Some of the major prophets in the Bible include Isaiah, Jeremiah, Daniel, Ezekiel and Elijah. Jesus and John the Baptist were also considered prophets, though Jesus was primarily known as the Son of God. According to Roman Catholic tradition, major prophets are those who had public or private revelations. Minor or secondary prophets are those who had visions but never had a consistent prophetic history.
Isaiah spoke his prophecies to the Jews in Judea concerning Jerusalem and Judah. He spoke during the reigns of Uzziah, Jotham, Ahaz and Hezekiah, who were kings of Judah. The time period was between 740 and 680 B.C., and the historical setting in terms of Biblical books was during 2 Kings 15 to 21 and 2 Chronicles 26 to 30. The Biblical book Isaiah contains much of his prophecies.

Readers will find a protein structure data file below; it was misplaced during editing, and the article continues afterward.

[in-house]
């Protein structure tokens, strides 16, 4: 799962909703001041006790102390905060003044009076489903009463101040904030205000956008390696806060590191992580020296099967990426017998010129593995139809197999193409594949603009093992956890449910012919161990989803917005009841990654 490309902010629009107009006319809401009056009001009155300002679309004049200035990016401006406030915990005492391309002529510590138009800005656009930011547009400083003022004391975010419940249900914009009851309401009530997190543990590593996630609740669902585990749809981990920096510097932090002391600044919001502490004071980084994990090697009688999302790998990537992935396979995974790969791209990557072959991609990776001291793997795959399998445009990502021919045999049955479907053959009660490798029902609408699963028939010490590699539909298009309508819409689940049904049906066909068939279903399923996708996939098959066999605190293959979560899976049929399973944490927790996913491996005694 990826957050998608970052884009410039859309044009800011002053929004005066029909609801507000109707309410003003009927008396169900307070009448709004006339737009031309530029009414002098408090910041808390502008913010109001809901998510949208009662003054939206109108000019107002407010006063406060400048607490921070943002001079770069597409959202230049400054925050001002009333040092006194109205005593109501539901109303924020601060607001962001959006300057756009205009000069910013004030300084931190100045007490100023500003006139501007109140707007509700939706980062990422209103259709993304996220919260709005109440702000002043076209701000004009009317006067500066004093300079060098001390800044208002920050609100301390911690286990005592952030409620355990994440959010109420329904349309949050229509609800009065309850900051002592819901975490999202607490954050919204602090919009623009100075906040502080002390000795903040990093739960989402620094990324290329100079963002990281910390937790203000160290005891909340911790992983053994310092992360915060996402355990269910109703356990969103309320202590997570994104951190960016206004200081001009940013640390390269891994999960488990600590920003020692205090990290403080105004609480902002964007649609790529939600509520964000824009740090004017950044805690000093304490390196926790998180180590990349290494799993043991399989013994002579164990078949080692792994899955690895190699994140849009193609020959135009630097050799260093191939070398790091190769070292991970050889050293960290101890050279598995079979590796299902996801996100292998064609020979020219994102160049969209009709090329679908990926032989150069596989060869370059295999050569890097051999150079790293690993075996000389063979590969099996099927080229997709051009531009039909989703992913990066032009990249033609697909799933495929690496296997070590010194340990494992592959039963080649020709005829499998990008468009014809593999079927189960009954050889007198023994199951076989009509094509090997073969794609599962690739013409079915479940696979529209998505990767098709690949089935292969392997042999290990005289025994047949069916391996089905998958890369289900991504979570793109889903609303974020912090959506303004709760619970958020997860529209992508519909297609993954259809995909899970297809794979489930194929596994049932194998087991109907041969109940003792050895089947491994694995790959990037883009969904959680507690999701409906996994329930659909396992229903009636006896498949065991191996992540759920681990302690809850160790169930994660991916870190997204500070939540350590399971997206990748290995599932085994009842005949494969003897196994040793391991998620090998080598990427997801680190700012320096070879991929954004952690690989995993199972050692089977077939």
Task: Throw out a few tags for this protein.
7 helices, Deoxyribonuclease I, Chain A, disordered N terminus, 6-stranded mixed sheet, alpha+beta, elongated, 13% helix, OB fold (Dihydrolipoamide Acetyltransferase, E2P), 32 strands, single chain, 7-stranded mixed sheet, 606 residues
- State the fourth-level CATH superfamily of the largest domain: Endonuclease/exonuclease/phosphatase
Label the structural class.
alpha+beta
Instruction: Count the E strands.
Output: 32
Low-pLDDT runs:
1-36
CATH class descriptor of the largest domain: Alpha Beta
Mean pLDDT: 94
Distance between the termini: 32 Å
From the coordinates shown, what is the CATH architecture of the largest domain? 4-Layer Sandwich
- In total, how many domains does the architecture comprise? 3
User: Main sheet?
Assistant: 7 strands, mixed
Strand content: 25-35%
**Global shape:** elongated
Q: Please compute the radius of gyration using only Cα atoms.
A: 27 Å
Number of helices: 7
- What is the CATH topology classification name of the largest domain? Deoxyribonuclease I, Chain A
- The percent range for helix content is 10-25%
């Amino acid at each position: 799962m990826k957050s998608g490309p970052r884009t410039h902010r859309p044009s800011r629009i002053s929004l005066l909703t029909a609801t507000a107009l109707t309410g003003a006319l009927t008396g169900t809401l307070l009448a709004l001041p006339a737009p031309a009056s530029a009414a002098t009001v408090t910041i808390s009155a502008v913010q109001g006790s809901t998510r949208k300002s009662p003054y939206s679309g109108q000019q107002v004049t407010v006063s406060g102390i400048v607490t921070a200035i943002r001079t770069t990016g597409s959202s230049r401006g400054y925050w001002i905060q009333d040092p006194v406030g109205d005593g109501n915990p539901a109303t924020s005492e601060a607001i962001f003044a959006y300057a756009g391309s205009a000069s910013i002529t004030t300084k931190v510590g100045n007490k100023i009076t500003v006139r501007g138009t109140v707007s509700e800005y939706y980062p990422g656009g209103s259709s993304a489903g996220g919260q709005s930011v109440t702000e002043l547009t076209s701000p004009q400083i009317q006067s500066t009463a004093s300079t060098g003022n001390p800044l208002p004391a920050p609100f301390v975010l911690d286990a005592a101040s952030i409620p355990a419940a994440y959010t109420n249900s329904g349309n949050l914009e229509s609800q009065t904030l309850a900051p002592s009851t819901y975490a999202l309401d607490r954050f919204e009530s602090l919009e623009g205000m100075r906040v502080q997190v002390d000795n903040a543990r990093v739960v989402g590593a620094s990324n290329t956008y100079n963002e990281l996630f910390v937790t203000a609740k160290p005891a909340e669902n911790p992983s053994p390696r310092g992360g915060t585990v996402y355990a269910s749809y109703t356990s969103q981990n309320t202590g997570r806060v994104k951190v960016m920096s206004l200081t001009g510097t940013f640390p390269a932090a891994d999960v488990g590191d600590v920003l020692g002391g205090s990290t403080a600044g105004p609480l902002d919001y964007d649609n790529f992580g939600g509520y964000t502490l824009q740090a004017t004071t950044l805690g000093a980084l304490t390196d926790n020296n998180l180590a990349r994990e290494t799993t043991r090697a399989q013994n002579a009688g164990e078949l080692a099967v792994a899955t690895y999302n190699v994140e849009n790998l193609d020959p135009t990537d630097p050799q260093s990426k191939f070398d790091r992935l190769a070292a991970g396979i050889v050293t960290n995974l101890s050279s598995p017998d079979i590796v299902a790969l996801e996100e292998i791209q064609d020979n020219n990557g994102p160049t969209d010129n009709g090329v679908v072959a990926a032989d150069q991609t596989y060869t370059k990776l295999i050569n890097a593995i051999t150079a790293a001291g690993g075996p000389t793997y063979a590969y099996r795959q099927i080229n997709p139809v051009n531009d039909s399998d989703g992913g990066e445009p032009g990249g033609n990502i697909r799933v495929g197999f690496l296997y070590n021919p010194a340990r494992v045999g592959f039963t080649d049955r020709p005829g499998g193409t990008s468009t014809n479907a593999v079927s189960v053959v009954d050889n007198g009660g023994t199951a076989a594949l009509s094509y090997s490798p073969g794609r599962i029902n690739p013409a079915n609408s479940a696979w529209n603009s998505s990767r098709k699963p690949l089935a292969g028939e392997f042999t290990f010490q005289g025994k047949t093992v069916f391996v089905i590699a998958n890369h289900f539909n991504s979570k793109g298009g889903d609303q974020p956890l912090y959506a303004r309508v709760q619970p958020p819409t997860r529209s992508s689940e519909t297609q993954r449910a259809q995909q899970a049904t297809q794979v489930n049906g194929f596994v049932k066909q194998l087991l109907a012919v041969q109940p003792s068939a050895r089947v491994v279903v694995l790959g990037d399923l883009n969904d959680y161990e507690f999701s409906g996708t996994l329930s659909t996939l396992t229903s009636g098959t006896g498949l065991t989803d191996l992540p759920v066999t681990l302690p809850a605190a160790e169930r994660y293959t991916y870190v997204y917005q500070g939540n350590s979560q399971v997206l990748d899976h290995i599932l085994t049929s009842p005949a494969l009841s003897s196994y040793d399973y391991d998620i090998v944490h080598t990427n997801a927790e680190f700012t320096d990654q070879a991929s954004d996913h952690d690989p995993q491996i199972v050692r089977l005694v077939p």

Daniel also has his own book in the Bible, and he spoke his prophecies to the captive Jews in Babylon, as well as to Gentile kings. His prophecies concerned Israel and the Gentile nations, and they were spoken most famously during the reign of Nebuchadnezzar, the King of Babylon, but also during the reigns of the Judean kings Jehoiakim, Jehoiachin and Zedekiah. Daniel's prophecies took place between 605 and 536 B.C., beginning nearly a century after Isaiah's.